Signs of dementia in dogs can include:
- withdrawal from family interactions and activities
- change in personality
- soiling in the house
- decreased activity levels
- lack of appetite
- increased anxiety
The only way dogs have to communicate with us directly is through their bark. As a dog owner, I’m sure you what every subtle bark means from the tone to the way your dog positions his/her body.
You may find that your normally quiet dog is suddenly barking at dogs passing by the street, or randomly for seemingly no reason at all.
Senior dogs may need to urinate more frequently, and that means he/she needs to bark for your attention. “I need to go out!”
Other times, a dog may bark because they’re feeling scared and confused. They may be feeling frustrated with this sudden inability to see things clearly in the fading light, for example.
Repetitive or compulsive behavior in senior dogs could point to cognitive decline. However, it could be that your old dog is just nervous. Compulsive licking, for example, may be a way for your dog to find comfort through anxiety.
It’s normal for dogs to circle around their bed before lying down. However, if you notice your dog moving in repetitive circles on a regular basis, panting a lot, making strange noises or vocalizations, etc., there could be a medical problem that needs further attention.
If your instincts tell you that something is wrong, don’t ignore them. Get your dog to a veterinarian for a checkup as soon as possible.
Forgetting Basic Commands
Forgetting commands that they’ve always responded to in the past could be a sign of cognitive dysfunction. This is a tricky one, though, because it’s possible your dog is having hearing problems. Maybe he/she just doesn’t know what you’re saying.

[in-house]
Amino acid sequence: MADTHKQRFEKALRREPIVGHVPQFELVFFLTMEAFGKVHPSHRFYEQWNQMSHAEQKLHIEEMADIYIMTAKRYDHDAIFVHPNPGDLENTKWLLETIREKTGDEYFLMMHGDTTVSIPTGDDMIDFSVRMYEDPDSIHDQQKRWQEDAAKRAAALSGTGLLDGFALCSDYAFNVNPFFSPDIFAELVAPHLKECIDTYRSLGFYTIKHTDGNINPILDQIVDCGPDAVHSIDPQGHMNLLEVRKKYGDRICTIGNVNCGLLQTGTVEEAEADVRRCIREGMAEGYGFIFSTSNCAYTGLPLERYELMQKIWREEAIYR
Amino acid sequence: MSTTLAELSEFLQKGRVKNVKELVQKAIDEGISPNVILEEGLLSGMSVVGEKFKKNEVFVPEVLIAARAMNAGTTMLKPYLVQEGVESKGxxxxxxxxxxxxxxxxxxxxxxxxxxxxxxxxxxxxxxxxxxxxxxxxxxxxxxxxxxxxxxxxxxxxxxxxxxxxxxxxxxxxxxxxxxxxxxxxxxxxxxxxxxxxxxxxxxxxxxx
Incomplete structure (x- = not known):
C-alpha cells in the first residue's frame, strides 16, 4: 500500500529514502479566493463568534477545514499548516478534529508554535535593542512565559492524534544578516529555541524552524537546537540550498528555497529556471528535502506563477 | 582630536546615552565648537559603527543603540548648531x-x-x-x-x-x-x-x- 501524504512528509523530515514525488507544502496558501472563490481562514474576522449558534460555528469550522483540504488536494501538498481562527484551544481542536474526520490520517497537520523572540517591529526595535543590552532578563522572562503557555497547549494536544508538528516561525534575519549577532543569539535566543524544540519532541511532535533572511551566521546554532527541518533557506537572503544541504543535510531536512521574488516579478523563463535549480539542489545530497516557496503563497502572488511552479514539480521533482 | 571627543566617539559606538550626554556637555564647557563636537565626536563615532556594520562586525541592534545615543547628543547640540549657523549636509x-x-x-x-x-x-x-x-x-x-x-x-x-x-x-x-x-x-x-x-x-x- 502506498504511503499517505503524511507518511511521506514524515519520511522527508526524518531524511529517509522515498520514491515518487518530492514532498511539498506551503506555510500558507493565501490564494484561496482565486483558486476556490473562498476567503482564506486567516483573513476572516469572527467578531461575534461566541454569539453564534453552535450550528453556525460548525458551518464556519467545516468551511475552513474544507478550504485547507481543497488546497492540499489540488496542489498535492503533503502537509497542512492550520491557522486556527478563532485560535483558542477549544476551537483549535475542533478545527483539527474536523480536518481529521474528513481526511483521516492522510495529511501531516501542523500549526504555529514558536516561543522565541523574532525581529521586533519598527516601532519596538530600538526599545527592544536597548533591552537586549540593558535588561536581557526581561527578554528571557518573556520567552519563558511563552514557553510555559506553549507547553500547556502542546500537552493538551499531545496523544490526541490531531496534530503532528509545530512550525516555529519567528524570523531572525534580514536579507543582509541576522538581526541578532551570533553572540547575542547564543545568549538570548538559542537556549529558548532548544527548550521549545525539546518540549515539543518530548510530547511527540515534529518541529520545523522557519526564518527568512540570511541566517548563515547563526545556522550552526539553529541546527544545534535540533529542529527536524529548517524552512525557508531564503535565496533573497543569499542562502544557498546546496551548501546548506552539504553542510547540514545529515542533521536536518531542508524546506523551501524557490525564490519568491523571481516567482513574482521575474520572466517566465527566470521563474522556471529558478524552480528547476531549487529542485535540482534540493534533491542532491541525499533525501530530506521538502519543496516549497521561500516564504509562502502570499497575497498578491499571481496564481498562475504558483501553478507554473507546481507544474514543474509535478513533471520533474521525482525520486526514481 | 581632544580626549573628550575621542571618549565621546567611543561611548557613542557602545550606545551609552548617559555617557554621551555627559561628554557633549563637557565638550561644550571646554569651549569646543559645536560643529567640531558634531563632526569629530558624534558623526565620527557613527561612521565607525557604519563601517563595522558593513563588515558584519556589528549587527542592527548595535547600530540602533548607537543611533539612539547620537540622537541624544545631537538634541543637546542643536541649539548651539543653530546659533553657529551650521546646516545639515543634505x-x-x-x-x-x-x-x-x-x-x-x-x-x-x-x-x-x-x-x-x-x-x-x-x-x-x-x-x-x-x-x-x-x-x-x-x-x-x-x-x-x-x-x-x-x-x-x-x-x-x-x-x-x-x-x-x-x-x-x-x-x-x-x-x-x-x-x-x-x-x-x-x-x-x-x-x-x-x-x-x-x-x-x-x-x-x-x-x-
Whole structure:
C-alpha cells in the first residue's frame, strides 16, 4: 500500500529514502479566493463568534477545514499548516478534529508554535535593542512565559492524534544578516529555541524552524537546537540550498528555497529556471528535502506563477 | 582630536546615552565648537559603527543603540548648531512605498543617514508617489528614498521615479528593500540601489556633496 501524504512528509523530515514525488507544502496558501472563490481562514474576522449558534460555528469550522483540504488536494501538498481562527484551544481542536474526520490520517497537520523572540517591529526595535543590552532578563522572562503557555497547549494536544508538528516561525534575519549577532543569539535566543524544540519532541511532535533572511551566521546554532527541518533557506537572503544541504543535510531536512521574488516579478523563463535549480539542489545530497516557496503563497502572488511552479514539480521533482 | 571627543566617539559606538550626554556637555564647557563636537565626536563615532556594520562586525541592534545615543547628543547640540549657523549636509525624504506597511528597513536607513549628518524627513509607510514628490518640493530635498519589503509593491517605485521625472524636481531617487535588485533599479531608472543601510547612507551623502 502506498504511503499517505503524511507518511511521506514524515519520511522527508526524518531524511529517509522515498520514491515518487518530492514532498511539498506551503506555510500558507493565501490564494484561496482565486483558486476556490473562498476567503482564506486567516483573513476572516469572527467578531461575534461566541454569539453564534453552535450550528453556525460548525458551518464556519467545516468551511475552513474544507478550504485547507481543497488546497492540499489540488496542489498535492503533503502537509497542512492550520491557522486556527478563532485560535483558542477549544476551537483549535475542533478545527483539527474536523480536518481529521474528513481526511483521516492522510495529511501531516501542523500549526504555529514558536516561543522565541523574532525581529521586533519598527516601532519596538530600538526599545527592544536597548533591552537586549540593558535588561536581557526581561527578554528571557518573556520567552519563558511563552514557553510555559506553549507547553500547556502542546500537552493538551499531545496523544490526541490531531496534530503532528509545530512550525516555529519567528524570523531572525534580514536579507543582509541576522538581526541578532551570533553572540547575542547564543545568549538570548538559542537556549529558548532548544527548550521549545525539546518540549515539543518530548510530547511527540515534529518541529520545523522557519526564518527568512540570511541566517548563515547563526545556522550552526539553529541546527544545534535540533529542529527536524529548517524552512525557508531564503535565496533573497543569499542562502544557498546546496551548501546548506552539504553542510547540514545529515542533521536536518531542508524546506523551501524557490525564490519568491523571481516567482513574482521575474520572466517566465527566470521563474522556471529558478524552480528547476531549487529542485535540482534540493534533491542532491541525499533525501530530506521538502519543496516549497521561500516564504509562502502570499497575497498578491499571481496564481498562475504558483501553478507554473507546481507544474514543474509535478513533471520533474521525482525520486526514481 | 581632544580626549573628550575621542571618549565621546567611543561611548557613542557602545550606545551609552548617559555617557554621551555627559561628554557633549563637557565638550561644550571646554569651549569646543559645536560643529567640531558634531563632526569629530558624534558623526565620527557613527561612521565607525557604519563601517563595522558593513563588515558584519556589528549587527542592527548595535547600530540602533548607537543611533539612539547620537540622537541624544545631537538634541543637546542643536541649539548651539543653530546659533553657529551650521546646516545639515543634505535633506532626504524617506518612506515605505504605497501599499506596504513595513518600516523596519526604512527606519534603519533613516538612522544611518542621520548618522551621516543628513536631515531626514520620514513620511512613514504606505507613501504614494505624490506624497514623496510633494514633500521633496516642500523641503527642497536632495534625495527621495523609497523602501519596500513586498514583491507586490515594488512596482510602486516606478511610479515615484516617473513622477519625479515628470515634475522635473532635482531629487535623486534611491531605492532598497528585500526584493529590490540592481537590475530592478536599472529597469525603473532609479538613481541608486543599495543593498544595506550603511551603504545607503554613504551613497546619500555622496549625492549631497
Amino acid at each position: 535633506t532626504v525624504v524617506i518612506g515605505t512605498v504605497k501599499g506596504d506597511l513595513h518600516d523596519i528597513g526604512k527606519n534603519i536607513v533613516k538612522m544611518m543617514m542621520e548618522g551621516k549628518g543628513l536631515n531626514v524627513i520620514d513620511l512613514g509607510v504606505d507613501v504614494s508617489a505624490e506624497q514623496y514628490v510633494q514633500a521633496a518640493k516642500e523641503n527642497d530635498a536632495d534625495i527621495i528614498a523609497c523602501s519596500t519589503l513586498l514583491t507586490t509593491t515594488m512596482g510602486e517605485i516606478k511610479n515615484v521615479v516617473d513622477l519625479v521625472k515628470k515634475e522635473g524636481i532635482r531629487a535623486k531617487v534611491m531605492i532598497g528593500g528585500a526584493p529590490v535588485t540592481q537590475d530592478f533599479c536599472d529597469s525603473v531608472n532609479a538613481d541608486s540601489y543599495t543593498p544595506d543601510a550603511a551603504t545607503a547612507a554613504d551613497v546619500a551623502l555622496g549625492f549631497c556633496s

Another thing to consider is whether your dog doesn’t remember the command, or whether it’s painful to perform it. A simple “sit” may be painful for dogs with osteoarthritis or hip pain.
House trained dogs will do anything they can to hold it until they can get outside. If your dog has begun soiling in the house, whether it’s urinating, defecating, or both, it could be due to:
- senility (forgotten where he is supposed to go)
- osteoarthritis (unable to completely evacuate bowels may cause your dog to use the bathroom in inappropriate places)
- neurologic diseases including degenerative myelopathy, lumbosacral disease, intervertebral disk disease, infectious diseases, and neoplasia (growth, lesion, or ulcer)
Senior dogs can quickly become disoriented, especially if they are experiencing some loss of vision or hearing loss.
Keep a close eye on your dog when out for a walk (especially off-leash) because they may quickly lose sight of you and wander off. They may quickly become disoriented and fearful.
Anxiety is a common reaction when otherwise normal activities become less manageable. This can be said for dogs and humans as well. Loss of hearing, vision loss, disorientation, pain, changes to daily routine, visitors (pets or people), and a number of other things can leave senior dogs with more anxiety.
Decreased Activity Level
Not all senior dogs suffer activity loss. There are, however, many physical changes occurring in the senior body that can impact the level of exercise tolerance he/she can manage.
As dogs hit their golden years, medical conditions can crop up. Heart disease, for example, can leave your dog too tired to exercise. Joint pain is another reason why dogs tend to slow down in their senior years.